"While I deeply regret this situation arose, I also emphatically stand behind all of you, and I want to commend you for continuing to go above and beyond to ensure we fly right,” Munoz also wrote before including a brief summary of internal reports of the incidents. “I do, however, believe there are lessons we can learn from this experience, and we are taking a close look at the circumstances surrounding this incident. Treating our customers and each other with respect and dignity is at the core of who we are, and we must always remember this no matter how challenging the situation."
The United CEO added that the passenger at the center of the video, who said he was a doctor and had patients to see the following morning, was “disruptive and belligerent.” He said the airline “sought volunteers” before they followed an “involuntary denial of boarding process.”
– The Cox Media Group National Content Desk contributed to this report.
Passengers who watched as Chicago Department of Aviation security officers boarded a United flight and dragged a man away from the plane are speaking up about what they saw.
“None of us believed that it could get to that point of violence,” said John Klaassen, an instructor at Boyce College in Louisville, Kentucky. “When the police came on, they were just determined to take him off of the plane. There was no negotiating.”
Passengers watched and filmed as officers pulled a man from his seat on Kentucky-bound United Airlines Flight 3411 on Sunday and dragged him up the aisle toward the plane’s door as others shouted in protest. He continued to resist and ran back onto the plane with a bloody face.
The Courier-Journal identified the passenger as David Dao, a doctor from Elizabethtown, Kentucky.
“He hit his face when they initially dragged him off, as you guys saw,” passenger Jayse Anspach told CNN. “It was 10 minutes later, he comes running back in and runs to the back, his face bloody, and just clings on to the post in back and just saying, ‘I got to go home, I need to go home, I need to go home.”
According to Anspach, Dao and his wife initially volunteered to deplane when United asked for volunteers, but when they found out the next flight wasn’t until the next day, Dao said he couldn’t take the later flight because of work obligations. Anspach said Dao’s initial willingness to volunteer may have been a reason Dao was ultimately selected to deplane.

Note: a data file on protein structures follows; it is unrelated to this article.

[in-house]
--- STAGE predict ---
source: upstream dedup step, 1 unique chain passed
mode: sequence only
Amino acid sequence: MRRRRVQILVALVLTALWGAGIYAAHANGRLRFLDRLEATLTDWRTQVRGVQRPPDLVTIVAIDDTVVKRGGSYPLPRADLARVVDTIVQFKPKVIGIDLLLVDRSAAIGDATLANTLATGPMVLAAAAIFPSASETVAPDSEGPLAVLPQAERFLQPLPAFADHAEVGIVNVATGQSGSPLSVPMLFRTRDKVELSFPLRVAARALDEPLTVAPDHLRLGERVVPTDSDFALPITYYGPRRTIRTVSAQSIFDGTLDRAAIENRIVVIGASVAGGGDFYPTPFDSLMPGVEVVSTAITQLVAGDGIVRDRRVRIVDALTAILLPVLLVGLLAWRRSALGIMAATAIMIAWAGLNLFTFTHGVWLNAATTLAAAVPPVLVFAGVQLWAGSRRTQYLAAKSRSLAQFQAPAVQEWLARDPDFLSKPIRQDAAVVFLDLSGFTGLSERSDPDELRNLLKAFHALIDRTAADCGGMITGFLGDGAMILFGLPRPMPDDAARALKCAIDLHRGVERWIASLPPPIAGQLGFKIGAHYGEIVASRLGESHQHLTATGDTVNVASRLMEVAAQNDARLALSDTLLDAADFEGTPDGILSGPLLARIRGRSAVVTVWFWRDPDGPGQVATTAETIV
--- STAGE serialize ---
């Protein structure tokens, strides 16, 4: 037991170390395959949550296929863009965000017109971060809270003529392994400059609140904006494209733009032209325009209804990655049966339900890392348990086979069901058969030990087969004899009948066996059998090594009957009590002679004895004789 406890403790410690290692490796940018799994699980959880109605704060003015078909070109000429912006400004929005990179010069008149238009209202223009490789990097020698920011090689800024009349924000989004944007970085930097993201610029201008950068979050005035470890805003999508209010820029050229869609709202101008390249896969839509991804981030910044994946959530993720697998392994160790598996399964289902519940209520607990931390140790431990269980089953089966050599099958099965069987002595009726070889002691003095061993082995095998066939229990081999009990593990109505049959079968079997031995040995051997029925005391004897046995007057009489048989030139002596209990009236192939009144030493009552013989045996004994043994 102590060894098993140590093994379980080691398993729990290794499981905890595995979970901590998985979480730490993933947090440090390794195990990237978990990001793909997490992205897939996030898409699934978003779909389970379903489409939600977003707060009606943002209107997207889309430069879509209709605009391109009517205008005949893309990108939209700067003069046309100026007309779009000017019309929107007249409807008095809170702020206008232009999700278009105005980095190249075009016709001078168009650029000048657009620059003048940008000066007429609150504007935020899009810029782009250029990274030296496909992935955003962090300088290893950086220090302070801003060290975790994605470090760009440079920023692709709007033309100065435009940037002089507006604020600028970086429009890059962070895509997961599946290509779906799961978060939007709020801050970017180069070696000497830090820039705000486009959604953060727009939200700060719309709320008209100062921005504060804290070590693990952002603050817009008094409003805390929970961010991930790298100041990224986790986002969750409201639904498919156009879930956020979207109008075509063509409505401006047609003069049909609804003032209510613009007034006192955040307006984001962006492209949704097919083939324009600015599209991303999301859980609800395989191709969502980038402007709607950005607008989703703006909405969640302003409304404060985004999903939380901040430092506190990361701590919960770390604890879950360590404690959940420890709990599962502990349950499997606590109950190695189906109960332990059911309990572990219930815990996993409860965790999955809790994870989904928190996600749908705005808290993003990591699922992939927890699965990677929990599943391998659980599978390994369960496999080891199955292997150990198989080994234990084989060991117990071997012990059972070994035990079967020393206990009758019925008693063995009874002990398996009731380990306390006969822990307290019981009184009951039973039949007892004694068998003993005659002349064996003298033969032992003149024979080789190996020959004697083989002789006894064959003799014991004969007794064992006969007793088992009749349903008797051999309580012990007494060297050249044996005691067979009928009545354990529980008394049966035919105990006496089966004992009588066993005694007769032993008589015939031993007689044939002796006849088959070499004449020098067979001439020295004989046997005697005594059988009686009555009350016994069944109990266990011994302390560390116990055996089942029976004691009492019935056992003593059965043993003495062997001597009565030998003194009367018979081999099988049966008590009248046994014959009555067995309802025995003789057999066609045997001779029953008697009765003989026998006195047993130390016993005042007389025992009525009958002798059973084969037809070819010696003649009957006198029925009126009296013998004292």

In a video uploaded to Twitter by Anspach, a passenger can be heard saying, “What are you doing? This is wrong. Oh, my God, look at what you did to him.”
The incident began when United officials asked for four volunteers to give up their seats to allow four crew members to travel to work another flight in Louisville. No one volunteered, and the airline acknowledged an “involuntary de-boarding situation,” according to a United statement.
“We have United employees that need to fly to Louisville tonight … This flight’s not leaving until four people get off,” passenger Tyler Bridges said an airline supervisor told passengers.
Bridges said Dao believed he was selected because he was Asian.
“Once they dragged the guy off, the United employees (came) on the plane (to take the seats,)” said Bridges. “The other passengers were just berating the employees, saying things like, ‘You should be ashamed of yourself. You should be embarrassed to work for this company.’”
An internal email from United CEO Oscar Munoz circulated to employees said he “emphatically” stands behind them, that the man who was removed from the flight was “disruptive and belligerent” and that United would be conducting a detailed review of what happened.
Brianna Chambers contributed to this report.
United Airlines will offer compensation to all passengers aboard Sunday’s Flight 3411 from Chicago to Louisville, Kentucky, the airline announced Wednesday.
“All customers on Flight 3411 from Sunday, April 9, are receiving compensation for the cost of their tickets,” the airline said in a statement.
The airline made headlines this week after passengers filmed and voiced outrage over an incident in which David Dao, a 69-year-old physician aboard flight 3411, was dragged off the plane after refusing to deplane. United Airlines officials had selected Dao as one of four passengers who would be re-accommodated on a later flight. United had fully booked the flight but needed to provide seats for four airline employees who needed to get to Louisville for work.
The announcement about compensating passengers came the same day United CEO Oscar Munoz apologized on national television for the airline’s role in the incident.
“This will never happen again,” Munoz said Wednesday on “Good Morning America.” “We are not going to put a law enforcement official onto a plane to take them off … to remove a booked, paid, seated passenger; we can’t do that.”